HELL FEST (2018)

Review by LL Soares

Since I’m a fan of 80s slasher films, I’m always curious to check out any new films in the genre, even if they’re almost always disappointing. Bad slasher films have been the norm over the past 18 years, and it hasn’t done much to help the genre at all. The latest example is HELL FEST (2018), directed by Gregory Plotkin, who also gave us PARANORMAL ACTIVITY: THE GHOST DIMENSION (2015).

One of this movie’s pluses is the location. It takes place over one night at a Halloween-themed festival, made up of scary mazes where people in costume jump out at you. The killer is a guy in a zombie mask and a hoodie, whose face we never see, who kills a girl and strings her up from the ceiling in the opening scene. Jump two years ahead to our current story, where a bunch of kids show up at the titular HELL FEST for some scares. The kids feature a few more sympathetic members, especially Amy Forsyth (also currently in the movie BEAUTIFUL BOY, and on such shows as RISE, 2018, and CHANNEL ZERO, 2017) as Natalie, who is pretty much the lead here. Sweet, shy, and very likable, Natalie is having a rough time with classes in college when she comes back home for a little R&R, namely hanging out with her BFF Brooke (Reign Edwards, of the TV shows MACGYVER, 2017-2018, and SNOWFALL, 2017-2018).

Natalie is a little bummed to see that Brooke now lives with roommate Taylor (Bex Taylor-Klaus, who was terrific as “Bullet” on the third season of the AMC series THE KILLING IN 2013, but isn’t given much to work with here), a punky girl who they both went to school with, and who Natalie is sure doesn’t like her (Taylor frequently calls Natalie the nickname “Grade School”). But any discomfort is sidetracked by the fact that Gavin, a boy Natalie likes, has gotten them all tickets to the annual HELL FEST of the title. While Natalie clearly isn’t a big fan of being scared, the idea of spending some time with Gavin (Roby Attal), who actually asked about her while she was gone, clearly makes the visit home a little better. Like Natalie, Gavin is awkward but sweet, and they clearly seem to be hitting it off once everyone gathers at the festival to be scared. Also along for the ride are Taylor’s boyfriend, Asher (Matt Mercurio), and Brooke’s boyfriend, Quinn (Christian James), who are also friends of Gavin, and regularly tease him for being so nerdy. Asher and Quinn, however, are easily the least interesting of our college-aged protagonists.

Our killer from that first scene/flashback, who then wore a devil mask, comes to the same festival Natalie and her friends are at, this time with a rather generic zombie mask, and the hood of his hoodie pulled up. He fixates on Natalie pretty early on after killing another girl in front of her (the kids think it’s part of the show, but Natalie thinks something is wrong, since it seems to “real”), and starts following her around the park.

The park and horror mazes themselves are interesting enough, providing lots of spooky tableaus where we wonder if the threats are real or not. Lots of jump scares where costumed creeps pop out of hidden doors, and of course, our homicidal bad guy mixed in for good measure. Who will die and when? Well, our killer takes his sweet time being a creepy stalker before he actually commences with the slaughter. In the meantime, at least we get a  cameo by Tony “Candyman” Todd as a master of ceremonies during an on-stage guillotine bit, but his appearance is “cut” much too short.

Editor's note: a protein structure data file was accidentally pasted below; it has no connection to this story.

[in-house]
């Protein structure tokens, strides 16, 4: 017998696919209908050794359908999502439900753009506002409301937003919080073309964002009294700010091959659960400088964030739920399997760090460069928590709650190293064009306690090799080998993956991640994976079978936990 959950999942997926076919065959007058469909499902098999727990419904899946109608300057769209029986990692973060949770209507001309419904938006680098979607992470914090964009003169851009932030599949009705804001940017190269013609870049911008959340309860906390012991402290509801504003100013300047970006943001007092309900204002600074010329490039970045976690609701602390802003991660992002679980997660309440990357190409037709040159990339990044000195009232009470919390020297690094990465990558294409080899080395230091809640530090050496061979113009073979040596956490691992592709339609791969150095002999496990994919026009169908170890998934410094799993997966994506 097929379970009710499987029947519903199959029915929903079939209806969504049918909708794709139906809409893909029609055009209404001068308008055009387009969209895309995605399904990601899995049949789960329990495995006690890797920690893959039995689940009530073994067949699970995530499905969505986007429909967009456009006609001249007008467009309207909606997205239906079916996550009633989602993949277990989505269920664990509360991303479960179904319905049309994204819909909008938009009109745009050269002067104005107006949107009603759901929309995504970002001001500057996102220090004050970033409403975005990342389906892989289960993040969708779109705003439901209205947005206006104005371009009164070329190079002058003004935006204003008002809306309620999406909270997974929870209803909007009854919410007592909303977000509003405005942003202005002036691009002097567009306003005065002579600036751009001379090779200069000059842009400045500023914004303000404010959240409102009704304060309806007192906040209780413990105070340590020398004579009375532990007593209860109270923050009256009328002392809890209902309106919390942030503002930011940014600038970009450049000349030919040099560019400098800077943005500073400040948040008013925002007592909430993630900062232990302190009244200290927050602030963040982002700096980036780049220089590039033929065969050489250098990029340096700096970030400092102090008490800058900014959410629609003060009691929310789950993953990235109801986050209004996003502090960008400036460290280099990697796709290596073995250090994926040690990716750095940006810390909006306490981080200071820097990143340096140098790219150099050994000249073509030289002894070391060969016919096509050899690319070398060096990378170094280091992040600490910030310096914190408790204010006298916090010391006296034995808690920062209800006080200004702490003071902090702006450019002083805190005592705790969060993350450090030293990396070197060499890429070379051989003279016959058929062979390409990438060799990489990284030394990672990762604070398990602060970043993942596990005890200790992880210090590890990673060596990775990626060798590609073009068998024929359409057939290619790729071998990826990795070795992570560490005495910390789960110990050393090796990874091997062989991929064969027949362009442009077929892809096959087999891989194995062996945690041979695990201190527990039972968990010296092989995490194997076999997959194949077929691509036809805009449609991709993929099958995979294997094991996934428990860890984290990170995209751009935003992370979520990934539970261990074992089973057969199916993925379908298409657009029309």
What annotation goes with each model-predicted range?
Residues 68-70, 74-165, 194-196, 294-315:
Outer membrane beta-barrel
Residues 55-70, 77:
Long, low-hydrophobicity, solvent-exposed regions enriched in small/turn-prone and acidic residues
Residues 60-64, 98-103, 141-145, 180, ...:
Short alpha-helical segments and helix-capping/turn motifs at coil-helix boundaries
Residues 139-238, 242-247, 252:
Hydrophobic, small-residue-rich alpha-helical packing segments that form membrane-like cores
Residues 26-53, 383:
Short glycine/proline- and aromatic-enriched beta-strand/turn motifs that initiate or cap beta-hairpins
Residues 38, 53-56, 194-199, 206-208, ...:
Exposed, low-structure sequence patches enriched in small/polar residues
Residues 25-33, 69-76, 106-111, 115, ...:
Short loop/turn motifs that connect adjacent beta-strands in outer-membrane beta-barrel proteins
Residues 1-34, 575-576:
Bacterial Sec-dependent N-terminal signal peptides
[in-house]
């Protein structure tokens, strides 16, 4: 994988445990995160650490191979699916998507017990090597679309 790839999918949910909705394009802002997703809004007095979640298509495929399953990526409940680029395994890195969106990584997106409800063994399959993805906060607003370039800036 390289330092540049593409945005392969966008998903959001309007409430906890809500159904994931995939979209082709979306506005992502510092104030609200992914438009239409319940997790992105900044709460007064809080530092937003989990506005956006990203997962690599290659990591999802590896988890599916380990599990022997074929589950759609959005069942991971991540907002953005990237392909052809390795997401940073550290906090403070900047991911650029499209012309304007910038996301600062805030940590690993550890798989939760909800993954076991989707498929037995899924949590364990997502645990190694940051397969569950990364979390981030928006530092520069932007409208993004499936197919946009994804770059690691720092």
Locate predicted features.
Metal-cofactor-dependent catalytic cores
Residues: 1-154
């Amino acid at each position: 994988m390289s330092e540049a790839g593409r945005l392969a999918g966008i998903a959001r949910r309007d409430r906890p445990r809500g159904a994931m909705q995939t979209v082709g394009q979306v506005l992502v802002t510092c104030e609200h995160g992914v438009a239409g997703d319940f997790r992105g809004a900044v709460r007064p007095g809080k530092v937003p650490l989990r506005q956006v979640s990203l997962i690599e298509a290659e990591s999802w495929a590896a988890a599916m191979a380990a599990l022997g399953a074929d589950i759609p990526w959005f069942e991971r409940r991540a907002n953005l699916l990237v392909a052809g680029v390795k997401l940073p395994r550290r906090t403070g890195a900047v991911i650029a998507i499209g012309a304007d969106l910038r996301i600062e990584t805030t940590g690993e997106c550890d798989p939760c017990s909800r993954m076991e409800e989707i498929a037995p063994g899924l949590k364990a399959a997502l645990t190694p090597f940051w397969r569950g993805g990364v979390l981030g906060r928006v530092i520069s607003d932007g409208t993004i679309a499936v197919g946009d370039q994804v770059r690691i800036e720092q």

Natalie is creeped out to keep seeing the zombie-mask guy always nearby and watching her, but everyone else laughs it off. They only take her worries less seriously when they reach a part of the maze/park where numerous people are dressed exactly like the killer (thus making it hard to figure out which one is really dangerous). When he finally gets tired of watching and starts killing, however, the murders come pretty close together.

Aside from park where it’s set (which actually gets to be fun at times) and some of the acting (specifically Forsyth and Edwards, who are likable and sympathetic throughout), there’s not much new here to reinvigorate the genre. Slasher movies gotta slash, and this one is no exception. As I mentioned, I found the killer’s mask particularly bland in this one, and there’s not much to distinguish him from lots of similar killers in lots of other movies. Although a semi-clever ending clearly sets things up for a sequel that may or may not ever happen (I don’t think this did very well at the box office).

HELL FEST is directed well enough by Plotkin, with a scrift by Seth M. Sherwood, Blair Butler, and Akela Cooper, based on a story by William Penick and Christopher Sey (that’s a lot of people involved for a script that’s so forgettable). But in the end, it’s a pretty mediocre movie, and an unremarkable slasher entry.

I give it two knives.

© Copyright 2018 by LL Soares

LL Soares gives HELL FEST – two knives.

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